The Jaw

jaw anatomy

Note: These instructions are derived from the writings of John Chester, MD, made available here

When using power tools, please observe safety precautions--particularly protecting your eyes!

This is one of the easiest joints to adapt, so it also makes a great place to start. The first time you drill into the skeleton can induce a bit of anxiety, so just know going into it that you will make mistakes (I know I have). But rarely is a mistake unfixable...drill another hole. The skeleton doesn't mind. So take your time and be safe!

Adapting the skeleton 

Start by gathering:

  1. A sharpie
  2. Scissors
  3. A cigarette lighter
  4. Superglue
  5. Two 8" segments of 3/32" bungie cord
  6. A dremel with a 1/8" drill bit installed
  7. A skull and mandible from a disarticulated skeleton

You may need to prep the skull and mandible by unscrewing any springs holding them together, and then use some pliers to rip out the rubber plug that lines each of the fossa. Now for the fun part:

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Step 1: Drill holes in the jaw

Eyeball the center of the condyle and use your dremel to tunnel through the center as shown in this picture..

Step 2: Mark holes for the skull

Turn the skull upside down (easier when you remove the top part). Set the jaw in place and visualize a route that passes through the holes you drilled in Step 1 and into either side of the fossa. Mark those pass-through points with the sharpie.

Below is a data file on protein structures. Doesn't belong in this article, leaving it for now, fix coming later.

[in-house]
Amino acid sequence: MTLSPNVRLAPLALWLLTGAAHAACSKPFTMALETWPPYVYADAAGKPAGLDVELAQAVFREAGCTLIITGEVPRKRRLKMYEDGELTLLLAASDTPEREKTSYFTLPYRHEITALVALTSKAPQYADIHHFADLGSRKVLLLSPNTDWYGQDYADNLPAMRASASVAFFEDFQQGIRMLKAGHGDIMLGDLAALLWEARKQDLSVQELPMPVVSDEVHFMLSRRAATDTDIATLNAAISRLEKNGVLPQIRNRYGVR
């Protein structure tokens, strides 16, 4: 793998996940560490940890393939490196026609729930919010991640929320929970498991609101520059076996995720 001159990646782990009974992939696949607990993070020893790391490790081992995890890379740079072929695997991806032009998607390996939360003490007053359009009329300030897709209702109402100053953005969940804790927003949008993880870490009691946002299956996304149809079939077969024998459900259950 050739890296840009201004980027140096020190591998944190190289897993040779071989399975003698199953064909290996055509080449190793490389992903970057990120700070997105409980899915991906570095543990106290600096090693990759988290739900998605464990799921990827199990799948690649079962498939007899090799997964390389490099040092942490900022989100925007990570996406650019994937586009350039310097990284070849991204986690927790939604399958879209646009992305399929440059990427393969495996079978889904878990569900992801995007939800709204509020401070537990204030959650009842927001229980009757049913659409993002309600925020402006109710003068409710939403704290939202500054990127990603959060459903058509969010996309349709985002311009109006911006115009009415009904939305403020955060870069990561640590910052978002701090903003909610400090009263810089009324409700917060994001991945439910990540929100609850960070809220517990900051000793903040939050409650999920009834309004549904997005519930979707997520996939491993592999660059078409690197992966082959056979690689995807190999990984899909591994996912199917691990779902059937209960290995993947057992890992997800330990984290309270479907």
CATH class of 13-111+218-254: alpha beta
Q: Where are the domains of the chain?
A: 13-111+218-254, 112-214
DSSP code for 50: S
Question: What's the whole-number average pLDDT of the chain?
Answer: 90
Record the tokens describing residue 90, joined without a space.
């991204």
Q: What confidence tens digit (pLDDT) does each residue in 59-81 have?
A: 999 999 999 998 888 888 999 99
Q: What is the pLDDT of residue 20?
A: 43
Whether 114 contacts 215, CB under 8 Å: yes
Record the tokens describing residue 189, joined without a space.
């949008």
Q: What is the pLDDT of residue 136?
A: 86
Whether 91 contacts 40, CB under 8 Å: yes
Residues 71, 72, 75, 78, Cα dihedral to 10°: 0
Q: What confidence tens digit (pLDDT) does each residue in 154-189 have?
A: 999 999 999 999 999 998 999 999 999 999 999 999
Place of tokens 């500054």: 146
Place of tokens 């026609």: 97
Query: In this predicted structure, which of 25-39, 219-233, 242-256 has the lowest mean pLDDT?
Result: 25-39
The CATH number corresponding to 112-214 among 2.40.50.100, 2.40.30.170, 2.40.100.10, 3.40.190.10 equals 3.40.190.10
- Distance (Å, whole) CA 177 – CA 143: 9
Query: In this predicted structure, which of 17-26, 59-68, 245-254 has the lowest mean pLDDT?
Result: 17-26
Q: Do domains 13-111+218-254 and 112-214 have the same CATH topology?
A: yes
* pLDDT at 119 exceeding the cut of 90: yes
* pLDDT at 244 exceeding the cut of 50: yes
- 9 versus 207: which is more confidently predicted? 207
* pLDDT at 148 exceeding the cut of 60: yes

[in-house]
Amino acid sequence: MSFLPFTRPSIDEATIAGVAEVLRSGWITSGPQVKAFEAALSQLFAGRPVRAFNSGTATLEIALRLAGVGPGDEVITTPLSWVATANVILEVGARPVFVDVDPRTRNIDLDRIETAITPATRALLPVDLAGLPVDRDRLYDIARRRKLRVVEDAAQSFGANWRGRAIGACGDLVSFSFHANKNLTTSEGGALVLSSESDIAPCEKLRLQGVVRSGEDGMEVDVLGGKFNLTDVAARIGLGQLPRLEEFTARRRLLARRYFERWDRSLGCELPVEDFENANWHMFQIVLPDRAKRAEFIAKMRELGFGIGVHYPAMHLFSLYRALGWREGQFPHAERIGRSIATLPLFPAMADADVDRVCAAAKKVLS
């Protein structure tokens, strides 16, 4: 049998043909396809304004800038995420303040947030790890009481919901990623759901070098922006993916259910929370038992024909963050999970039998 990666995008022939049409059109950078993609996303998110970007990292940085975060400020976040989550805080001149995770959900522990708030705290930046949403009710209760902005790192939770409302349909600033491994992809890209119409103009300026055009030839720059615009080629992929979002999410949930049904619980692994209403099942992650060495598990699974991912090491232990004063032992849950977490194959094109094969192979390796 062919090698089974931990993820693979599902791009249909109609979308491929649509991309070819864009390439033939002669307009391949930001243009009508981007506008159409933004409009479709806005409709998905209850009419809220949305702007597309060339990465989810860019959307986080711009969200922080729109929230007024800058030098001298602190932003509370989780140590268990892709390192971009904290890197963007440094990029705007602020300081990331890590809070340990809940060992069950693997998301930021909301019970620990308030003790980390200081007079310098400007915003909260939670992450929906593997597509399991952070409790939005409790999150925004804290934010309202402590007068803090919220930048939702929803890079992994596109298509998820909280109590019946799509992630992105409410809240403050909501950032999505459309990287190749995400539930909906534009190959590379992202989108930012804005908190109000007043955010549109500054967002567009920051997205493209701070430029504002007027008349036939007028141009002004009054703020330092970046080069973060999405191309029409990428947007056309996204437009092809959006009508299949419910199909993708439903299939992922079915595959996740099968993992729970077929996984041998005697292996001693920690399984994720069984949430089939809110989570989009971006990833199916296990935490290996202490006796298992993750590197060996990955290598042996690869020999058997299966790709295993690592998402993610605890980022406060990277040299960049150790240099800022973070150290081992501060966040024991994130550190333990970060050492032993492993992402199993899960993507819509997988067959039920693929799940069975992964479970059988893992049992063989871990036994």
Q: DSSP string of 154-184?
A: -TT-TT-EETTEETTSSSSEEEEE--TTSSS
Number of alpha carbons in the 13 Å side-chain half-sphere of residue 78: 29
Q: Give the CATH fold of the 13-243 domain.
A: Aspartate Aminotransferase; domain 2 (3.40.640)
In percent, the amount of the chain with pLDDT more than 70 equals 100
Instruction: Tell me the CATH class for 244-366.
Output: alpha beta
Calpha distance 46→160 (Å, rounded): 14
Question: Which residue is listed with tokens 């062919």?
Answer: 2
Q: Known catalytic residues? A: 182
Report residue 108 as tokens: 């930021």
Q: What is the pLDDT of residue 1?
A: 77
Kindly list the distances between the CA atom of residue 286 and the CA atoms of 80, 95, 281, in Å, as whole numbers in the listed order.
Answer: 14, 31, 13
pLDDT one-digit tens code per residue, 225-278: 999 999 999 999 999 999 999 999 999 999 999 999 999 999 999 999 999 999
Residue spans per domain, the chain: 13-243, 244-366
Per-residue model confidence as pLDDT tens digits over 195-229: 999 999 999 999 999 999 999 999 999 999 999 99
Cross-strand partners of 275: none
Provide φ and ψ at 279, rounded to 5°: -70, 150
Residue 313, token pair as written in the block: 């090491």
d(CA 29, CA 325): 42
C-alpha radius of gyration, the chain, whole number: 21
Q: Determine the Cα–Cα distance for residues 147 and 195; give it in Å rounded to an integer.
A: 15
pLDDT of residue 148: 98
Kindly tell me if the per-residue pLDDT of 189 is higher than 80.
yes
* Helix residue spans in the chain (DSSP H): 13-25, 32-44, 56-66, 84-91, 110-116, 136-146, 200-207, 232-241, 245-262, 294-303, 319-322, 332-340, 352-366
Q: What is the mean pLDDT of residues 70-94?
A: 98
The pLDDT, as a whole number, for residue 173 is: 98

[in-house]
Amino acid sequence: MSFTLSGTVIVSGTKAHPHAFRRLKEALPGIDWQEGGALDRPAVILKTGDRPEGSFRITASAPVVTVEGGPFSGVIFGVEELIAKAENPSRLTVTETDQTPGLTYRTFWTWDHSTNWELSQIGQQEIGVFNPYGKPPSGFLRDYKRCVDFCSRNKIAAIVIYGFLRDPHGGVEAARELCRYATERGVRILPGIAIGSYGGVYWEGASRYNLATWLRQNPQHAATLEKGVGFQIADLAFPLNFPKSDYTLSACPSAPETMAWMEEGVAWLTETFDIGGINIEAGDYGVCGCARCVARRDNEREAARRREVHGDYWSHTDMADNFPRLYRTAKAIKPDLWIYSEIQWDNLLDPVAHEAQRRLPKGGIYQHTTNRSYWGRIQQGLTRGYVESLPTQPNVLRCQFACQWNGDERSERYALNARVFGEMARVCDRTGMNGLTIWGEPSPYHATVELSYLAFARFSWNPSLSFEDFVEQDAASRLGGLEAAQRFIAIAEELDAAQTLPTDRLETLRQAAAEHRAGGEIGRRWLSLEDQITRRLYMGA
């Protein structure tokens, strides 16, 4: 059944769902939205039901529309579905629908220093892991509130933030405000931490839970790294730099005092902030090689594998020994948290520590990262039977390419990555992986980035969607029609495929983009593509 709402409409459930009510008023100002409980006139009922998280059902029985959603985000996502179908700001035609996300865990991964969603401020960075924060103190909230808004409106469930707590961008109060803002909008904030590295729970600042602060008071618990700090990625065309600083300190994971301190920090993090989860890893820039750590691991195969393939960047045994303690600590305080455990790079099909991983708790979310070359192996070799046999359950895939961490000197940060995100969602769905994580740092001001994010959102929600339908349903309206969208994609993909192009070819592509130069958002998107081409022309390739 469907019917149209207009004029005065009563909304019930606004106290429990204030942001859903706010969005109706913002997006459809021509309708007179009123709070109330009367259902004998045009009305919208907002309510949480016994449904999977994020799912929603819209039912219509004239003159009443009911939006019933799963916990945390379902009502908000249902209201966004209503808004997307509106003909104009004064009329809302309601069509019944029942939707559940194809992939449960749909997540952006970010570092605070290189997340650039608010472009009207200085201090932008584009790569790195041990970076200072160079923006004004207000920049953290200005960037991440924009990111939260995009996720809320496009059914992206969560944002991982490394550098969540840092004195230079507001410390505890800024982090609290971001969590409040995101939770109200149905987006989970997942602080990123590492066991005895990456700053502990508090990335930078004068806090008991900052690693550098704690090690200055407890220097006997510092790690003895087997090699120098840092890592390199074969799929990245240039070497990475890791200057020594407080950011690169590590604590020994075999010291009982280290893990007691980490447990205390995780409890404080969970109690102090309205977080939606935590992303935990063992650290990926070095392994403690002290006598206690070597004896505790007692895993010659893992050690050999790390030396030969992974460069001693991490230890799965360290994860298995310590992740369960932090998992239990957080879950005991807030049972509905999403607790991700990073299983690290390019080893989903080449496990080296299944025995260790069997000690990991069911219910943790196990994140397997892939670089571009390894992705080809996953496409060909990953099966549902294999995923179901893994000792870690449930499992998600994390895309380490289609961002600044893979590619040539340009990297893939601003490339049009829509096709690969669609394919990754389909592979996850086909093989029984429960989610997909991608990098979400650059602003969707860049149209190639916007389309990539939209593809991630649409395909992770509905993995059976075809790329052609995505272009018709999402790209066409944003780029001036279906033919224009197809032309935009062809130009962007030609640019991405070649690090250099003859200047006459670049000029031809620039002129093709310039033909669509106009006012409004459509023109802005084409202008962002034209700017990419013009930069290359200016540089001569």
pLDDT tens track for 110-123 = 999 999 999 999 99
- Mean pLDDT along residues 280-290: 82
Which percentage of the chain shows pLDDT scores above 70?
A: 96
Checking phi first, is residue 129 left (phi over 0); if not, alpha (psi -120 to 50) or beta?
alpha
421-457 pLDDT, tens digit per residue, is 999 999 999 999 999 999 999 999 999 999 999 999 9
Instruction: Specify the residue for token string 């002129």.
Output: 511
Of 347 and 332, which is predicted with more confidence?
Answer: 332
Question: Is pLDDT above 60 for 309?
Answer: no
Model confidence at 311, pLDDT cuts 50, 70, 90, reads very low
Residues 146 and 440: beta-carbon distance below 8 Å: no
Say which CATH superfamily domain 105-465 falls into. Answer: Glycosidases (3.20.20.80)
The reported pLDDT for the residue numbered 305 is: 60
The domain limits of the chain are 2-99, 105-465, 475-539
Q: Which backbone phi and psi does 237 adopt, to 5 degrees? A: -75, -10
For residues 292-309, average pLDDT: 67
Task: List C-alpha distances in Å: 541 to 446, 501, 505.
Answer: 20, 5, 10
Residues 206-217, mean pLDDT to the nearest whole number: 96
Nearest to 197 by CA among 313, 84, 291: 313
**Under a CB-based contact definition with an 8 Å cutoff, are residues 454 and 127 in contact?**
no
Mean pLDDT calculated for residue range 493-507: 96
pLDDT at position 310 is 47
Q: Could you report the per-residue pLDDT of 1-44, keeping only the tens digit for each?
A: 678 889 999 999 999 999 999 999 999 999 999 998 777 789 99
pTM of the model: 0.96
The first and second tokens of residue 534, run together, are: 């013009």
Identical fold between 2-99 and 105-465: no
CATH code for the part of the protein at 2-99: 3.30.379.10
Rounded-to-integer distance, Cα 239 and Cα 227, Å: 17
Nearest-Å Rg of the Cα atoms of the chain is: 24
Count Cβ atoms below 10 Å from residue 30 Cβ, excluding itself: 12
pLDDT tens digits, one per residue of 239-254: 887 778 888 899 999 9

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Step 3: Drill holes for the skull

Drill through the sharpie marks to create a path for the bungee cord.

Step 5: Bind it together

Secure the mandible to the skull with the two pieces of bungee cord. Play with various levels of tension to get the amount of play that you like. Tie a good square knot, dab some superglue on it, trim the excess bungee and singe the ends of the cord with the cigarette lighter to keep them from getting frayed. Congrats, you are done!

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Comparison with the Real Deal

There are a few basic movements that we should be able to duplicate:

  1. Protrusion/Retrusion - the condyle slides forward and down causing the chin to protrude
  2. Elevation/Depression - while protruded, the jaw pivots at the condyles and the mouth opens
  3. Lateral movements - one condyle remains retruded while the other protrudes. It results in a lateral movement as seen in chewing

Check the video below for a demonstration of these actions.

This is a far cry from the standard setting found in other skeletons. 

For comparison you can observe the typical skeletal model which fixes the jaw in place with a rigid piece of plastic. Just a couple pieces of flexible string lead to something much more valuable as a tool for understanding movement. 

Next, move on to assembling the pelvis and hips.


Anatomical Sketch: Henry Vandyke Carter [Public domain], via Wikimedia Commons